Minimal Modeling
Making sense of your database

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Your database has grown organically. Like many companies nowadays, you use different database systems: relational, NoSQL, big data in the cloud, whatever.

There are hundreds of tables and thousands of columns in your system. There are multiple data migrations going on simultaneously.

The documentation is scarce.

Take a new engineer, or a new data scientist: how much time does their onboarding take? There must be a way to help them begin contributing faster than it happens now.

Even for the people who already work for the company: how long does it take them to understand a different project that they were assigned to?

I know, let's write some documentation!
At some point everyone tries documenting the database. Corporate wikis. Database schema visualization tools. ORM-based documentation. Google Docs. Custom-built web tools.

Typically, there are multiple attempts over the years.

For some reason, many such initiatives quickly lose traction. People just don't contribute, the documentation slowly becomes obsolete, the coverage is in single digits, the chosen tool is eventually abandoned.
Minimal Modeling approach
Minimal Modeling is a simple logical modeling approach inspired by Anchor Modeling.

We document the database by dissecting it into anchors, attributes and links, and also derived data and some textual narratives.

The resulting deliverables are a handful of spreadsheets and a number of documents (see examples below).

Minimal Modeling is designed to be collaborative, and it could be maintained anywhere: Google Sheets and Google Docs, Notion, Confluence, Roam, Airtable, Grist, Markdown in Git repo, you name it.

We accept the reality of your existing databases: we do not require any changes in your database schema and your data storage system: no refactoring, no data migration, we're focused on describing and documenting it as it is.

Our approach is completely aligned with and compatible with all common approaches to database management: relational, NoSQL, schema-free, data warehousing, OLAP solutions, whatever.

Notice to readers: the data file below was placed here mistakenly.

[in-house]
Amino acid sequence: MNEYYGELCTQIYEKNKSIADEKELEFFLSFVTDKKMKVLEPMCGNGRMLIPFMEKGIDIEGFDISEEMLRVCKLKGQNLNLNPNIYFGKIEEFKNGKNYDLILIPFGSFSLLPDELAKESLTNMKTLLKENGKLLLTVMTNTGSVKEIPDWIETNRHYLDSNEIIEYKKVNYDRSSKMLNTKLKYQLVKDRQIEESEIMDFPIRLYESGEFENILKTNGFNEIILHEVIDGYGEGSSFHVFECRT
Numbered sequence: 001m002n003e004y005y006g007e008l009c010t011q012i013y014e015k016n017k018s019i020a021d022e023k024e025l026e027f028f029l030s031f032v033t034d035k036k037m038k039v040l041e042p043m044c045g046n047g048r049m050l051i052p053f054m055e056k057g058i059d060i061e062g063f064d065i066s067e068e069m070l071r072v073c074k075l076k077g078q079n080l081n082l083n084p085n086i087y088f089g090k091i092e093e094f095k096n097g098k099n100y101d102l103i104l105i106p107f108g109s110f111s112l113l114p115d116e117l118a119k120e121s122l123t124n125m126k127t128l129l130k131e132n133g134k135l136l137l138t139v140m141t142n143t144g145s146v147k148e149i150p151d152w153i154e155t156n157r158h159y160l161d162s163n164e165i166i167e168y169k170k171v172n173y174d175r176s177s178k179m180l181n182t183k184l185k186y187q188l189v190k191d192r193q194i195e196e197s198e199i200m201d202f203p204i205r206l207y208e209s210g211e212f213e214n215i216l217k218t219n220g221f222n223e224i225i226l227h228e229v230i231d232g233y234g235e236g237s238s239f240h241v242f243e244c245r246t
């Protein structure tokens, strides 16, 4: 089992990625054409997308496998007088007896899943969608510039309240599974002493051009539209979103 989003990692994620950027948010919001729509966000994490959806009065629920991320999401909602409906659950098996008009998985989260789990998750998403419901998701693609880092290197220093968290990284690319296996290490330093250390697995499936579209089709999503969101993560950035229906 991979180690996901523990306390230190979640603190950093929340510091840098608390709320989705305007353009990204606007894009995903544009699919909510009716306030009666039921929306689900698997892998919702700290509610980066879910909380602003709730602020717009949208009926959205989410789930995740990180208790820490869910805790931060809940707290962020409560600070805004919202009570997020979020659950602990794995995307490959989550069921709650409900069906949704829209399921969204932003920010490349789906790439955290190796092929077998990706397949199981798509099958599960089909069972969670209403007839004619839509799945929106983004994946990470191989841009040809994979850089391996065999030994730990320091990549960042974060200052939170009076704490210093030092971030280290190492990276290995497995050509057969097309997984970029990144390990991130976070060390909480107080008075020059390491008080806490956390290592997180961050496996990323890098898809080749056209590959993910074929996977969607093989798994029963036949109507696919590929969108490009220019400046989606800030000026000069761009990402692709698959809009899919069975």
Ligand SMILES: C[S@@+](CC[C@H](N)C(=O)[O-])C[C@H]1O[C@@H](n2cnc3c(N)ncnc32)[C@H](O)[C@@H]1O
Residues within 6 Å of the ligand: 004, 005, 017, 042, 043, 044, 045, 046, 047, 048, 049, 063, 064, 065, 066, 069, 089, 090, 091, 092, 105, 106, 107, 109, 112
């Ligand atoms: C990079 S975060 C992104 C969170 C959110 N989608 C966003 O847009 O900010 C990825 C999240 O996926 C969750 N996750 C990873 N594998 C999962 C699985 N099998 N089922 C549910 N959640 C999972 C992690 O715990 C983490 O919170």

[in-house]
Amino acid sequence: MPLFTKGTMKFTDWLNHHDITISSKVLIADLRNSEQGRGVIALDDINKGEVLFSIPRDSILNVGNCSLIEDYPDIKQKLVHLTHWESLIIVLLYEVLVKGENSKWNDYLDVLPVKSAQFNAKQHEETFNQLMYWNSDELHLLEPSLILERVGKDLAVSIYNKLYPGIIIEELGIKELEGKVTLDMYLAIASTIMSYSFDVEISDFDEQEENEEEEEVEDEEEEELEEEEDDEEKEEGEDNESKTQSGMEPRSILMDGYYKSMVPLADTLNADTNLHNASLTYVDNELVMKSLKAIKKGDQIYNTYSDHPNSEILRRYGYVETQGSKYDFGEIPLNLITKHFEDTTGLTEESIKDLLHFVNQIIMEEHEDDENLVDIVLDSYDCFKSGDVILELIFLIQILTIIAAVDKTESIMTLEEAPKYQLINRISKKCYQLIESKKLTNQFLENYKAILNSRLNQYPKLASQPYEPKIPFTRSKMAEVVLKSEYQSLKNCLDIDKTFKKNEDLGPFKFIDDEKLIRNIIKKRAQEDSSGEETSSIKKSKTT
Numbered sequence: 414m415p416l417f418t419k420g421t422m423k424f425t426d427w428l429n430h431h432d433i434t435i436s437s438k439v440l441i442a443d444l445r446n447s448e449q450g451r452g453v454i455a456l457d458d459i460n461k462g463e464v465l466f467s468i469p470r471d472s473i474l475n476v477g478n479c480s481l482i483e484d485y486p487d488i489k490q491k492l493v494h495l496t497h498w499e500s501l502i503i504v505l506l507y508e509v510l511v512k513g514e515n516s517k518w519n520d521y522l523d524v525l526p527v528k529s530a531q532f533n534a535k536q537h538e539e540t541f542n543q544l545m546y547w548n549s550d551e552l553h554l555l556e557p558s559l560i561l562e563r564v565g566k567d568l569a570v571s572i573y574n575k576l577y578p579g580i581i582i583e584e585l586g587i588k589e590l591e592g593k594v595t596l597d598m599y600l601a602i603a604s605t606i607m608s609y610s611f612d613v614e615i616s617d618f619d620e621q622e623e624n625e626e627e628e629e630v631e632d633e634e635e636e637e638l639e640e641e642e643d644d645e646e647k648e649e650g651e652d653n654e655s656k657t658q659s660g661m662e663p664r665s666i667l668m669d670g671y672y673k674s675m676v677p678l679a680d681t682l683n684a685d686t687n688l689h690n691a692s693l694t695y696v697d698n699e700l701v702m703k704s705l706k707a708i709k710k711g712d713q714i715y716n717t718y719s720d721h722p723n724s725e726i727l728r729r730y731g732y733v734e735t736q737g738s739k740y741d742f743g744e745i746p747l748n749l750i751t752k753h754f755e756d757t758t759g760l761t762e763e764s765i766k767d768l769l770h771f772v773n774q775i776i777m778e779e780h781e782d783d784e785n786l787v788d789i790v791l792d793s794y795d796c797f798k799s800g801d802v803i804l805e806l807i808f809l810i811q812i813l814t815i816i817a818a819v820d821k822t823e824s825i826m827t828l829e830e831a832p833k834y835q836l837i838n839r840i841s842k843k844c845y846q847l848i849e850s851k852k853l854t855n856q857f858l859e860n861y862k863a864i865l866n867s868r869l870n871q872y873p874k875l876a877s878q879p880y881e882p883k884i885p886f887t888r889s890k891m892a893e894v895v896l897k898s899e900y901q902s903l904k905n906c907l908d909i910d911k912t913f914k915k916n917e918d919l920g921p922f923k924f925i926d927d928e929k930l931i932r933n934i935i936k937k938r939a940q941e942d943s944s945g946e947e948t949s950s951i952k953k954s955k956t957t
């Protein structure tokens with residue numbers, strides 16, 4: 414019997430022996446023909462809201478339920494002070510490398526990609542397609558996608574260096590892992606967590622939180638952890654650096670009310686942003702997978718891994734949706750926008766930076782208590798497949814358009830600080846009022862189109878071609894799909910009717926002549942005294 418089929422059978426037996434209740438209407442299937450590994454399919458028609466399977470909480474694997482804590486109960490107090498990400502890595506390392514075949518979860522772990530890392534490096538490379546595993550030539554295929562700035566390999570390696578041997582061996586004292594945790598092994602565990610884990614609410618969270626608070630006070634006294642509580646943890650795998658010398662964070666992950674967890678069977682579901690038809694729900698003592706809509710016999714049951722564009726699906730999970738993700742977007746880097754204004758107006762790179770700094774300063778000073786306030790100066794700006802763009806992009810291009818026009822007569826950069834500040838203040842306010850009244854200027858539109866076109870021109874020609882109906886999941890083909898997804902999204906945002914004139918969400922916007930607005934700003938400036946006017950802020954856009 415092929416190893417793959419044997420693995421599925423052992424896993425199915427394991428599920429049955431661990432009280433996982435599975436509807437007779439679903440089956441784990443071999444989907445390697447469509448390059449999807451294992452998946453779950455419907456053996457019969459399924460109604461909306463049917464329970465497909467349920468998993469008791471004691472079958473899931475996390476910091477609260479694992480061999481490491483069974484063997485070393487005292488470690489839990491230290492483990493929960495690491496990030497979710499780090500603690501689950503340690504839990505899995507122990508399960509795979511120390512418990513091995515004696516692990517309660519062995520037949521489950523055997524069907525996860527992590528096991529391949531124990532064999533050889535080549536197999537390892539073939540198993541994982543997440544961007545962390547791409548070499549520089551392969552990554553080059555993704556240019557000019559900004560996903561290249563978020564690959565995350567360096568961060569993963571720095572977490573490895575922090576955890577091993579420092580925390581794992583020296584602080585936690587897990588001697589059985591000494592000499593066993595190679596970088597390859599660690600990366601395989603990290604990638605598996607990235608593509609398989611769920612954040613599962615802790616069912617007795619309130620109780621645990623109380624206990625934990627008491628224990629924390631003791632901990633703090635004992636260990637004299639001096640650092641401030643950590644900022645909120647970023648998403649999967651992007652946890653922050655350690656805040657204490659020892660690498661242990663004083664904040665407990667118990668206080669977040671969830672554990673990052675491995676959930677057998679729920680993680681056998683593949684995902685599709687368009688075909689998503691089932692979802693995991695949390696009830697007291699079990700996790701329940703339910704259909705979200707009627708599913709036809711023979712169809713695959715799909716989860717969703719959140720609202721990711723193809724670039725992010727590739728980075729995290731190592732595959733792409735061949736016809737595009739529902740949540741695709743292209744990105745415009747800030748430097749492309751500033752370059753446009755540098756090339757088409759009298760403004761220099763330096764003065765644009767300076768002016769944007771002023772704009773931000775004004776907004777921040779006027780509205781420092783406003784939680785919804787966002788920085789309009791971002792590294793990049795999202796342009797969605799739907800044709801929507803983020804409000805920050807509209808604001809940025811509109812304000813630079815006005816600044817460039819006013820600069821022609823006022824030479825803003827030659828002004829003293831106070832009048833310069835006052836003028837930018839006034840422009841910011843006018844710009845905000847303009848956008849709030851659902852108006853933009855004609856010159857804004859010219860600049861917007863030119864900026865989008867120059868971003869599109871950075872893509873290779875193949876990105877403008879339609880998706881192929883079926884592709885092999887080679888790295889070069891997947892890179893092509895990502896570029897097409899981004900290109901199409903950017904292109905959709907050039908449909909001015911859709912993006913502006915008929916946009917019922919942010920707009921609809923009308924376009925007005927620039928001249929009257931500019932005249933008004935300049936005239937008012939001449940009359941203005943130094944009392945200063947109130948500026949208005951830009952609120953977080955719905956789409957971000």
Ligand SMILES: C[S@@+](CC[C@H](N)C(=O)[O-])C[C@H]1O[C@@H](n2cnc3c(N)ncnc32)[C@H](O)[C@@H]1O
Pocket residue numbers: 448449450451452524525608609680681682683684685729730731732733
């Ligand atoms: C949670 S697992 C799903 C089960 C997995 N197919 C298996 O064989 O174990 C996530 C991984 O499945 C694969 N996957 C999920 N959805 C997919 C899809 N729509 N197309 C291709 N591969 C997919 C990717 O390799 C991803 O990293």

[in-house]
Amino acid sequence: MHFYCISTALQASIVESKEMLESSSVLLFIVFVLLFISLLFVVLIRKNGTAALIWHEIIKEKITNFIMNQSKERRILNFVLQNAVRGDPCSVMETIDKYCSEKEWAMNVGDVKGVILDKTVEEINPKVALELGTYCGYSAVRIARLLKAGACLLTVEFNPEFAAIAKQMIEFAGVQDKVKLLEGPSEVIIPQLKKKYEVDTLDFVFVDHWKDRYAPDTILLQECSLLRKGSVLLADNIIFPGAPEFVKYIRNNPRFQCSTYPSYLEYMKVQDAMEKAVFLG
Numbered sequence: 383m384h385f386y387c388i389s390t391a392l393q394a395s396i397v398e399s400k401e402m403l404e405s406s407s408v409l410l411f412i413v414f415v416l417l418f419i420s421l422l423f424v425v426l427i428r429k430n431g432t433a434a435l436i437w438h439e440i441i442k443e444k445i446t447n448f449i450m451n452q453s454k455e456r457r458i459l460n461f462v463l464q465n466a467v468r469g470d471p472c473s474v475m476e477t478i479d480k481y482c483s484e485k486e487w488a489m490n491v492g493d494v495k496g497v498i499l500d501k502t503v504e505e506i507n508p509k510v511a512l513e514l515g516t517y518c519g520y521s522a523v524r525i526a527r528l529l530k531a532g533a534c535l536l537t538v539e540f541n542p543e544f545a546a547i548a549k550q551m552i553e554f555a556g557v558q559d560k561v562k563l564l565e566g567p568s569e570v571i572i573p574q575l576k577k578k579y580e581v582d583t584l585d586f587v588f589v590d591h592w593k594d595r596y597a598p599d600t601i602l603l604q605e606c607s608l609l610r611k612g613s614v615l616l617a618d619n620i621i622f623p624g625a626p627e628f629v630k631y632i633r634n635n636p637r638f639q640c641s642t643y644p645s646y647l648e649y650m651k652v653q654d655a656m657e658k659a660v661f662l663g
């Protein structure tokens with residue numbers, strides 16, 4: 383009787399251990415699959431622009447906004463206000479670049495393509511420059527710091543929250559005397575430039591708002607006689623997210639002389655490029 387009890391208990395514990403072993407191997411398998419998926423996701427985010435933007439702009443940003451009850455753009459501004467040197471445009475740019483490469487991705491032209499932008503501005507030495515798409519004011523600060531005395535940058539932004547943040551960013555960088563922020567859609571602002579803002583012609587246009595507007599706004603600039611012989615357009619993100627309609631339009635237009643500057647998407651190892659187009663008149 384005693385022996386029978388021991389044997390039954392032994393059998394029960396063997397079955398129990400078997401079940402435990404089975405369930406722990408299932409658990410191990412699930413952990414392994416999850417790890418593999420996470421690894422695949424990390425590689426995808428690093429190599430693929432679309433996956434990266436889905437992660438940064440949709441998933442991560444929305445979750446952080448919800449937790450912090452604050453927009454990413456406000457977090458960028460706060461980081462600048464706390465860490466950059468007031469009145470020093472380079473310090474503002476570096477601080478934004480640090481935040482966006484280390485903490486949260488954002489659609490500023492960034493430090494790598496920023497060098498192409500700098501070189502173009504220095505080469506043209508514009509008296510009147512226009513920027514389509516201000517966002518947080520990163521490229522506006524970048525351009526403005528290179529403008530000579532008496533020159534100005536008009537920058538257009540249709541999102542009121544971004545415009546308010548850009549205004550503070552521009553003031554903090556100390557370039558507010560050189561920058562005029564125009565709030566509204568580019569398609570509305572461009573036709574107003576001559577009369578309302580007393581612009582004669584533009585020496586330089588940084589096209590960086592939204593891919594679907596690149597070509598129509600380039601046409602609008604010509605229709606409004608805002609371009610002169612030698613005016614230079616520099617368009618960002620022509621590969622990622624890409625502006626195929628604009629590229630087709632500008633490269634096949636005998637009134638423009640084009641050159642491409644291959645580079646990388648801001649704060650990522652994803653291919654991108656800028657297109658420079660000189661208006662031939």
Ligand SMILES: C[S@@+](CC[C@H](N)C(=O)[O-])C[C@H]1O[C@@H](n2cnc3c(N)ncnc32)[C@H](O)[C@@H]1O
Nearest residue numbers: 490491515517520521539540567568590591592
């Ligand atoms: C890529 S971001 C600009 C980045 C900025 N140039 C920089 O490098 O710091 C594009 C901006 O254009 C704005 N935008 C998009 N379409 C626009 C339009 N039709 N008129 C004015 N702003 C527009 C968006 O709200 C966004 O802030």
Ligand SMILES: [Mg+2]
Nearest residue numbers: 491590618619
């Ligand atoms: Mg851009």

Case study
“A modeling of a thousand columns begins with a single anchor.”
— Old Minimal Modeling proverb.
See how 400 database columns in 60 tables could be documented in 4 spreadsheets and as many narratives as you need. Spreadsheets and narratives are carefully designed for compounding incremental improvements.

Click here to see how a real-world database is documented in Minimal Modeling (in Notion).

Implementing Minimal Modeling
I'd love to hear about your data modeling situation and concerns and see if I could help.

I have some experience with helping people to improve some of the processes around data, such as:
faster onboarding of data analysts and such;
documenting your data in sustainable way;
reducing time and salary spent on unnecessary data-related software development;
managing data quality;
• using Minimal Modeling approach in your data product;

Let's schedule a one-hour call, discuss what you have, and see if I can help.
We have a number of successful implementations of Minimal Modeling, with the following observed results:

1/ You get an actually usable documentation for your data.

2/ Teams get a common vocabulary that lets different stakeholders to speak the same language.

3/ Much faster onboarding of new team members.

No database changes are required to introduce Minimal Modeling. However, it may help you to better understand the semantics of your data, and it help with the refactoring.

Alexey Makhotkin is an independent researcher in the field of database modeling. He's been working with databases since 1996 in a number of roles.

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